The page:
Regional consensus: Islamabad tells ‘external actors’ not to meddle with Kabul

Afghanistan, Pakistan,
While relationship improved with Iran and Afghanistan, Aziz said, the Modi government in India was not forthcoming to Pakistan’s overtures. PHOTO: REUTERS

ISLAMABAD: Pakistan has called for a regional consensus among the ‘external actors’ to agree on non-interference in the internal matters of Afghanistan, fearing that the war-torn country may be used for ‘proxy war’ in the post-US withdrawal period.

“The external actors would have to agree on a regional consensus on non-interference,” said Prime Minister’s Advisor on National Security and Foreign Affairs Sartaj Aziz in a policy statement on Wednesday while addressing the conference at the National Defence University.

Pakistan is increasingly concerned that growing influence of India inside Afghanistan could be detrimental to its interests in the region.

There are concerns that Pakistan and India could engage in a proxy war in Afghanistan once the US completely pulls out of the war-ravaged country.

In his address, Aziz urged the international community for not repeating the mistake of the past.

“We believe this precious moment of hope and optimism in Afghanistan must be defended, by not repeating the mistakes of the past. International community’s continuous engagement is a major imperative, since another abandonment of Afghanistan would lead to a repeat of the 1990s,” he stressed.

The PM’s advisor said the new Afghan government must be provided continuous economic and financial support for economic revival and for delivering on its reform agenda.

“All Afghan stakeholders must be convinced that their country would emerge stronger only if they worked with each other, not against each other, to carve out a political settlement,” he contended.

While highlighting the government’s foreign policy vision, he noted Prime Minister Nawaz Sharif enunciated “peace for development” as the defining principle of Pakistan’s foreign policy.

Building a peaceful neighbourhood and a rebalancing between geo-strategic and geo-economic priorities constitute the main pillars of this policy, he added.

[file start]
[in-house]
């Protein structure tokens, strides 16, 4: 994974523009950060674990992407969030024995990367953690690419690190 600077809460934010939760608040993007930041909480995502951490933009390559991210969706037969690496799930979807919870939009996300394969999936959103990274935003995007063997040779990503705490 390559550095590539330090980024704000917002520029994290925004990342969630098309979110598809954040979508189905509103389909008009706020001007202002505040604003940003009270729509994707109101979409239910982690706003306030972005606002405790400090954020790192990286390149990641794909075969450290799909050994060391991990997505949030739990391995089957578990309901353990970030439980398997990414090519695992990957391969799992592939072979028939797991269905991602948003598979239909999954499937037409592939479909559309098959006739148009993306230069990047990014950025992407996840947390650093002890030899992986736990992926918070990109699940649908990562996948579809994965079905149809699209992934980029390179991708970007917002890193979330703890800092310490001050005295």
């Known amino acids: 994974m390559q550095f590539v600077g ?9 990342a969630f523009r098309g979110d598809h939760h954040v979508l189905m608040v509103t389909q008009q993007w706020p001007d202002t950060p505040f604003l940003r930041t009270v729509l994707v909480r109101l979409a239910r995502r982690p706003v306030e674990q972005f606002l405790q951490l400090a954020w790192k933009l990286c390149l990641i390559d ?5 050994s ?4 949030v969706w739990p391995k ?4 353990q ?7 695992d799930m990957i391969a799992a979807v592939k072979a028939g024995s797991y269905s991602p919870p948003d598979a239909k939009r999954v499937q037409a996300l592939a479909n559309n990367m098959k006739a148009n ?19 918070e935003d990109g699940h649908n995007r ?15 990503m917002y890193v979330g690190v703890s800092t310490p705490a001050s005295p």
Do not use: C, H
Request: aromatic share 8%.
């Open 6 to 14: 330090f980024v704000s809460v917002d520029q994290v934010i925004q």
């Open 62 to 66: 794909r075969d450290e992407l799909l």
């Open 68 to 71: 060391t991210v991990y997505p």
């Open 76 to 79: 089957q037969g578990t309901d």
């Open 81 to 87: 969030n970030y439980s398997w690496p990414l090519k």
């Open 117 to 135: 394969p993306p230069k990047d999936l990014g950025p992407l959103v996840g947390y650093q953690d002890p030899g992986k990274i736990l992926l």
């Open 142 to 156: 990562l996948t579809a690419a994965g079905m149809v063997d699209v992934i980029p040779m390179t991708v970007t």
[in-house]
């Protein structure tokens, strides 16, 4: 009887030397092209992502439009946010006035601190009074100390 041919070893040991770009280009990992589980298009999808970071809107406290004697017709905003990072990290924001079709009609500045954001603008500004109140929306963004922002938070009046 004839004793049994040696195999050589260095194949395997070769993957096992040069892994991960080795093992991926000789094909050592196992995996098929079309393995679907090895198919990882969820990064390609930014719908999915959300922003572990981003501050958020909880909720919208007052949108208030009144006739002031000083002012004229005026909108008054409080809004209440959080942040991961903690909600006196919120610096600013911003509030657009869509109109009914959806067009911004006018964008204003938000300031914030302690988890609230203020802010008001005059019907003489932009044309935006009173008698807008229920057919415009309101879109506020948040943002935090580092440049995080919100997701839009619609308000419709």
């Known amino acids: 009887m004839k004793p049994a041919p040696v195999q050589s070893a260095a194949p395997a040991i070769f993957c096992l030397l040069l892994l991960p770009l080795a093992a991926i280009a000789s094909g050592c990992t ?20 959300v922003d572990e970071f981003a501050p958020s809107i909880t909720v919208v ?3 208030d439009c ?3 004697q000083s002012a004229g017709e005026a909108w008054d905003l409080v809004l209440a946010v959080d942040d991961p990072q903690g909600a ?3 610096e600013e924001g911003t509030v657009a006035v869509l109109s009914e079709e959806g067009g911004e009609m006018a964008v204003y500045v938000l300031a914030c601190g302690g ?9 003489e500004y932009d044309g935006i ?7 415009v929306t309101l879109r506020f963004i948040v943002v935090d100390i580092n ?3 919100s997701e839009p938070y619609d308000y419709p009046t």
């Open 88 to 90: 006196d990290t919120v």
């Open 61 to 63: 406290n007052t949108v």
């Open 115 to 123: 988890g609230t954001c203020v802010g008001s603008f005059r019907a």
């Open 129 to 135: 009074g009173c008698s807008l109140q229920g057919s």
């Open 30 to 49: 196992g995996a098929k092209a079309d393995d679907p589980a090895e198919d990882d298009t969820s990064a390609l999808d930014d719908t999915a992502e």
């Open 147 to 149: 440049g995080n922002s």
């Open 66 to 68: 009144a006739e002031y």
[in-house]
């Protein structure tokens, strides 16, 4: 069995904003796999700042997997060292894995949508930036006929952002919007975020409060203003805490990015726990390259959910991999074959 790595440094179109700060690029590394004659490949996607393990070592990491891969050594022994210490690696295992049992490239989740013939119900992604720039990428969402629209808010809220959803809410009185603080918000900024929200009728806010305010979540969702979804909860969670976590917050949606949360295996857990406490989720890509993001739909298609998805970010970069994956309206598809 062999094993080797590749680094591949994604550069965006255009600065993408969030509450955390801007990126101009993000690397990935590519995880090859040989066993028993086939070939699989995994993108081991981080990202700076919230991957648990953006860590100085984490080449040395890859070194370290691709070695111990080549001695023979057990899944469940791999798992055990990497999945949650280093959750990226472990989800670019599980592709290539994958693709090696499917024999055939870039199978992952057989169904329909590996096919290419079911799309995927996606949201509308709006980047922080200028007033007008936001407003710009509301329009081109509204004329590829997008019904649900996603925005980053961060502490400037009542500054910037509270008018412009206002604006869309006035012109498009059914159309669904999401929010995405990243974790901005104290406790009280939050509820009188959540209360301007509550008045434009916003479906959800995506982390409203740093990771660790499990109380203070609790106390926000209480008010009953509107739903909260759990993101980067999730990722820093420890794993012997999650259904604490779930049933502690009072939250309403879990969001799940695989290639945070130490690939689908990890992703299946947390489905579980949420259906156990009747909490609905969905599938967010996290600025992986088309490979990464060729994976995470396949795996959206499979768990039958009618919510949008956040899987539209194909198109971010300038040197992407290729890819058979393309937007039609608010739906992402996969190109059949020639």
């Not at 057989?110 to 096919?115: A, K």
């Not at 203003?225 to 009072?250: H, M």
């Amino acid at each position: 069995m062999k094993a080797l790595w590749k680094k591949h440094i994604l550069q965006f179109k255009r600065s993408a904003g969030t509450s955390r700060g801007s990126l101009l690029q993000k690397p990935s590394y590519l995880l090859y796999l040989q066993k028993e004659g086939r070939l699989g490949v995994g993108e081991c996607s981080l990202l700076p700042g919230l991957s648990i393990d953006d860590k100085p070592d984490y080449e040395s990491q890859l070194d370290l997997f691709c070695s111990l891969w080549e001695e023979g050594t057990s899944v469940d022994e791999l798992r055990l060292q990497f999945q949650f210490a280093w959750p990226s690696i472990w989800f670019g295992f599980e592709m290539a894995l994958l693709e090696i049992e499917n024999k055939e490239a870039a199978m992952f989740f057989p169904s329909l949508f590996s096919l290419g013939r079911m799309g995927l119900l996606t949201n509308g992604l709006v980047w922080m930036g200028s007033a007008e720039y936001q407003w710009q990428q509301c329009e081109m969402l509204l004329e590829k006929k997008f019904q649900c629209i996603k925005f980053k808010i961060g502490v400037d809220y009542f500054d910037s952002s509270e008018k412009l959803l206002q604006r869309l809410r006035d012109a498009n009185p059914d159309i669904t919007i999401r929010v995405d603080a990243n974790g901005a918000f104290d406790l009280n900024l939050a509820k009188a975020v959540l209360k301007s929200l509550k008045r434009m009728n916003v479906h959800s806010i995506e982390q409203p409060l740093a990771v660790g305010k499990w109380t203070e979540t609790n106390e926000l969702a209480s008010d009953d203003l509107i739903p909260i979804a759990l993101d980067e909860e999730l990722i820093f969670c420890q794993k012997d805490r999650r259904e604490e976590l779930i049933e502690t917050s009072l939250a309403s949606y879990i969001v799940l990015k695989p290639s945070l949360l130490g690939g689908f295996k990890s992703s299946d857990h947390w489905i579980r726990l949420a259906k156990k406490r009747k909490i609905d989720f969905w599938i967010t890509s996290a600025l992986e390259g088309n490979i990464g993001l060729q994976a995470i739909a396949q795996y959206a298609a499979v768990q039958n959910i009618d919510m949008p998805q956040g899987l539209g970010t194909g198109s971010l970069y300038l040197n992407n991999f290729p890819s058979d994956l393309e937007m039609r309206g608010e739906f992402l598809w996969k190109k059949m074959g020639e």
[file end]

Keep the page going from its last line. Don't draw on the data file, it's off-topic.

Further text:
Aziz maintained that the government has embarked on resolute efforts to create a peaceful external and internal environment, so that the core national objective of economic development is robustly advanced.

However, he emphasised that the vision of a peaceful neighbourhood cannot be realised without a qualitative transformation in our relationships with Afghanistan, India and Iran.

While relationship improved with Iran and Afghanistan, Aziz said, the Modi government in India was not forthcoming to Pakistan’s overtures.

“India unfortunately has not reciprocated our outreach. The cancellation of foreign secretary-level talks by India on the pretext of our High Commissioner’s meeting with Kashmiri leaders was found unconvincing worldwide,” he said.

The PM’s advisor cautioned that any efforts by India towards unilaterally altering the status of Kashmir would further compound the already complicated situation.

“Unprovoked and indiscriminate firing and shelling from across the Line of Control and the Working Boundary, with Indian leadership threatening disproportionate use of force, portend India’s dangerous desire to create a space for war,” he said.

Aziz said Pakistan appreciates US interest in South Asia and expects it to play a constructive role for strategic stability and balance in the region by allowing space and resources to focus on the objectives of economic development and poverty reduction and reduce the possibility of a reinvigorated arms race in the sub-continent.



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